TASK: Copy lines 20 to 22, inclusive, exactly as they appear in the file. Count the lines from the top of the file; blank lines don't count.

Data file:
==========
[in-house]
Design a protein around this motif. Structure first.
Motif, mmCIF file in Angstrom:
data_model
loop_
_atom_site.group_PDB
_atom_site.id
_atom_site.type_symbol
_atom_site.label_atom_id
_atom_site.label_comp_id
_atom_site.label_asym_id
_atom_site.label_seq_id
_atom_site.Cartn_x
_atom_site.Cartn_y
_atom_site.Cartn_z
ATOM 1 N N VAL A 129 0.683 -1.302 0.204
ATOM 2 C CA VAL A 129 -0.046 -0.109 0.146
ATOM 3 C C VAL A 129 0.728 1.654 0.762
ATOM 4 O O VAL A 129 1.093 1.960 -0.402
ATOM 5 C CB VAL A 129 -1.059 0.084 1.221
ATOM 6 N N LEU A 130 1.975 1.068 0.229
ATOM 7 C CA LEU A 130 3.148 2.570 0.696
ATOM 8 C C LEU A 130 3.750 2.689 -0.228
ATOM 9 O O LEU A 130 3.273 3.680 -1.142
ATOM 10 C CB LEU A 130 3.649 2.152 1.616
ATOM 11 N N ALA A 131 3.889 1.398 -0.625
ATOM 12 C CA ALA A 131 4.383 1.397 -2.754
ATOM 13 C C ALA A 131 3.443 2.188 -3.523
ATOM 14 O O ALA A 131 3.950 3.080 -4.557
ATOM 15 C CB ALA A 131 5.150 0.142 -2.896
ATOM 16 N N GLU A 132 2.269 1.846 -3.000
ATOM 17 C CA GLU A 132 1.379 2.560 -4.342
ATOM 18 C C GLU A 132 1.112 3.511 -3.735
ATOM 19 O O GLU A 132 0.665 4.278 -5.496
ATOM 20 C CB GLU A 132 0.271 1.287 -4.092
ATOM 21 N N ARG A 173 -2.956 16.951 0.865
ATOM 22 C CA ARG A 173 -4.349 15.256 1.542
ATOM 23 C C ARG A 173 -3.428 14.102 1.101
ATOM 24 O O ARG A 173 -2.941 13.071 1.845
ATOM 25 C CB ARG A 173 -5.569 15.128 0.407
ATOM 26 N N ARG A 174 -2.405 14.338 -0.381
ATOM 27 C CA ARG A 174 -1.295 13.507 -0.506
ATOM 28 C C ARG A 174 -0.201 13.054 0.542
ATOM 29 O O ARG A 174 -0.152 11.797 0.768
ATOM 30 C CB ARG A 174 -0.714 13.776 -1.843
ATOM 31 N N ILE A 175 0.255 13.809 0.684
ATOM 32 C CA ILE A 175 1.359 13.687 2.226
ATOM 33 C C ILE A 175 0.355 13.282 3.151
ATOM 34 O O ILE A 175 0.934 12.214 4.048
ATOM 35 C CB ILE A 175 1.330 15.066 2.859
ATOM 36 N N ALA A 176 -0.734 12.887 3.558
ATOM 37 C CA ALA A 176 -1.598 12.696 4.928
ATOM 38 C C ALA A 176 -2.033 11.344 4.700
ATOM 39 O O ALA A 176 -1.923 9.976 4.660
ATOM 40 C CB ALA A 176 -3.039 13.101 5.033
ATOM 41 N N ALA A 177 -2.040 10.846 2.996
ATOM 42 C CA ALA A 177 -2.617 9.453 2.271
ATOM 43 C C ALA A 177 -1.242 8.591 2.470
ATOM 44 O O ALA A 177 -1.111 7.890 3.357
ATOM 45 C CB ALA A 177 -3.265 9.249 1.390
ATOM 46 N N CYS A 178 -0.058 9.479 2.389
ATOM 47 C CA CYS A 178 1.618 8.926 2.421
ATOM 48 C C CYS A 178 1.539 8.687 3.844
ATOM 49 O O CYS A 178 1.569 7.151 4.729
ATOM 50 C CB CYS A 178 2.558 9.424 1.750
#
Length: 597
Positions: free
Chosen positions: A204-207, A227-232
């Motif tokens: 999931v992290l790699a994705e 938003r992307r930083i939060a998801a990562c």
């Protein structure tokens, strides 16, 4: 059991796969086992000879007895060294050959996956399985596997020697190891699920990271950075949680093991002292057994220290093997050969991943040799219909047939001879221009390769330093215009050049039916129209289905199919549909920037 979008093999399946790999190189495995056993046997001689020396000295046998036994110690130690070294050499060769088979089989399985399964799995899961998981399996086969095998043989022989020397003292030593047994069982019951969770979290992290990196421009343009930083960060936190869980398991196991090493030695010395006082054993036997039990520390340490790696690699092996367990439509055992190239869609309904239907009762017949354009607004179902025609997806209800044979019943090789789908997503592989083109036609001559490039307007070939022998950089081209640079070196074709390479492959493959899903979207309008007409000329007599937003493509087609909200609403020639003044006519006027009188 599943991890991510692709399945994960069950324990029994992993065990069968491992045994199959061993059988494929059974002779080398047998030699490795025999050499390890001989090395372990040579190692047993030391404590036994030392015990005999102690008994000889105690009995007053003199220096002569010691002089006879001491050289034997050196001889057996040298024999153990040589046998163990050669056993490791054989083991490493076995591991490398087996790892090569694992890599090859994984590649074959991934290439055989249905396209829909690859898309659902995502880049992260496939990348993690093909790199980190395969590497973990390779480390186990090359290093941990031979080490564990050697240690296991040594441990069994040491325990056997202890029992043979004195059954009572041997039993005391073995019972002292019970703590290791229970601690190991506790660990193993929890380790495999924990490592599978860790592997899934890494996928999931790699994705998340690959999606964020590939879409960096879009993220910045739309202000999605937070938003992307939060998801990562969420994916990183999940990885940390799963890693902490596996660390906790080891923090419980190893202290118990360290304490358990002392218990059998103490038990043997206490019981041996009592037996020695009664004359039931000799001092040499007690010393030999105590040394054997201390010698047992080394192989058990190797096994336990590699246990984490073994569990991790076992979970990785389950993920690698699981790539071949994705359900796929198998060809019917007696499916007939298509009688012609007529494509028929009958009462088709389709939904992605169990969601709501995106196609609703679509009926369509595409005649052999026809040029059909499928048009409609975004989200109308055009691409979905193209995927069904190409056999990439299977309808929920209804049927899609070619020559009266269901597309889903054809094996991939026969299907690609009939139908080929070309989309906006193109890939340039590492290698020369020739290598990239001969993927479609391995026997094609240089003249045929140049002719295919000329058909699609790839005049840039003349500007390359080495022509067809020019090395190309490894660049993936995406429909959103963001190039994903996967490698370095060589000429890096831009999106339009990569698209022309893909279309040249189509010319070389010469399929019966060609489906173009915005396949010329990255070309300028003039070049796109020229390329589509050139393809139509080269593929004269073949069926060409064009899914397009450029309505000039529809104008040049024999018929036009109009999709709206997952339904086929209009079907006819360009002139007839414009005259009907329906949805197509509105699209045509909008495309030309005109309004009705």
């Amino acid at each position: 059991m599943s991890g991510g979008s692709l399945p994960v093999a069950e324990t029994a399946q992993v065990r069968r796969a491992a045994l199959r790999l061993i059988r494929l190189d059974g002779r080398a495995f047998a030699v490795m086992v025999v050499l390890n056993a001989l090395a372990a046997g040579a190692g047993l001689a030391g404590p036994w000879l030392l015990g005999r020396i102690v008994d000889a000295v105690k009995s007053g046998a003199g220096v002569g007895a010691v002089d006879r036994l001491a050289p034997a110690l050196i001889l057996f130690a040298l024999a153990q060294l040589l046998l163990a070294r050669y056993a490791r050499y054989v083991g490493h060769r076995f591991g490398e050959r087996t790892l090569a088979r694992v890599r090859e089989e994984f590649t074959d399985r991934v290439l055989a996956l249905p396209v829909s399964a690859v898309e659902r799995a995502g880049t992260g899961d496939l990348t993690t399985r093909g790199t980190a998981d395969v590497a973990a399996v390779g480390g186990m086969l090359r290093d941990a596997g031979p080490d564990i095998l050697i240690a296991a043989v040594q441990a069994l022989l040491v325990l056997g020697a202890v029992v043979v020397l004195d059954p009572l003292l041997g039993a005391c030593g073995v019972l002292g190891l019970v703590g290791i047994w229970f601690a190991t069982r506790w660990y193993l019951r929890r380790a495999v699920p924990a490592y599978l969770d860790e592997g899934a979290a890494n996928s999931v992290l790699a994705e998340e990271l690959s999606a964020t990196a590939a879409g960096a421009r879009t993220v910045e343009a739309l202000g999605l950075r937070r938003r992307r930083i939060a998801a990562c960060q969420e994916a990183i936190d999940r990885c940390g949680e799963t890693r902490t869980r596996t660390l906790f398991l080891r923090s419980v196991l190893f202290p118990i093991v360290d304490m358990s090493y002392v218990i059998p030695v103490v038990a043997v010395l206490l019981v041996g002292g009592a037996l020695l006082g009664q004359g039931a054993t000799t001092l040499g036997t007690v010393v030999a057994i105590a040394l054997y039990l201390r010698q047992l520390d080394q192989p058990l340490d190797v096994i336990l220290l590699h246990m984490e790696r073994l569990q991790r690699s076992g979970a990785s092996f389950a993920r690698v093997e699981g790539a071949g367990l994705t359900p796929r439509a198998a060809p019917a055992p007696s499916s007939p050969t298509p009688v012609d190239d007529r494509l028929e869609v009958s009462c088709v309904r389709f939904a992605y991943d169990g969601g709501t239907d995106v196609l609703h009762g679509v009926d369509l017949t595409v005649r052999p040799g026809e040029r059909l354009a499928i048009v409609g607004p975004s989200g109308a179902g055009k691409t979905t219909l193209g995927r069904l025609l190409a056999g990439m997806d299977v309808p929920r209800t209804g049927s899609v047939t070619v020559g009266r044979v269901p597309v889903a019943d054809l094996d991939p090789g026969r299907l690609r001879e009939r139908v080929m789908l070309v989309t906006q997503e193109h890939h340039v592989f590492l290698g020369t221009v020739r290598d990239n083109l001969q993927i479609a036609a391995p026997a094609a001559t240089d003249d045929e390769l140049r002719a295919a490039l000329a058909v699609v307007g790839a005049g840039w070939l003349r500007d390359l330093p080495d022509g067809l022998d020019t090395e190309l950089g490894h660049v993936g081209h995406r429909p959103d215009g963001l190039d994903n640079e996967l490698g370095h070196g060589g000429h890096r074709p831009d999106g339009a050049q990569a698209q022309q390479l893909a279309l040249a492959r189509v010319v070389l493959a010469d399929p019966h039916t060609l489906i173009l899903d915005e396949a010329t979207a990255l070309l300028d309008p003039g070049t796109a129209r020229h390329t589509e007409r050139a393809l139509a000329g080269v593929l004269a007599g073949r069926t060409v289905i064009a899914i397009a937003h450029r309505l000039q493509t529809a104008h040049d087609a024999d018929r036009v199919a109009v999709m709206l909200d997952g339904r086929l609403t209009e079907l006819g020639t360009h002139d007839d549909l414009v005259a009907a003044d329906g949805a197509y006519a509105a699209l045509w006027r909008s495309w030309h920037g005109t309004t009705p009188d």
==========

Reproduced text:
ATOM 5 C CB VAL A 129 -1.059 0.084 1.221
ATOM 6 N N LEU A 130 1.975 1.068 0.229
ATOM 7 C CA LEU A 130 3.148 2.570 0.696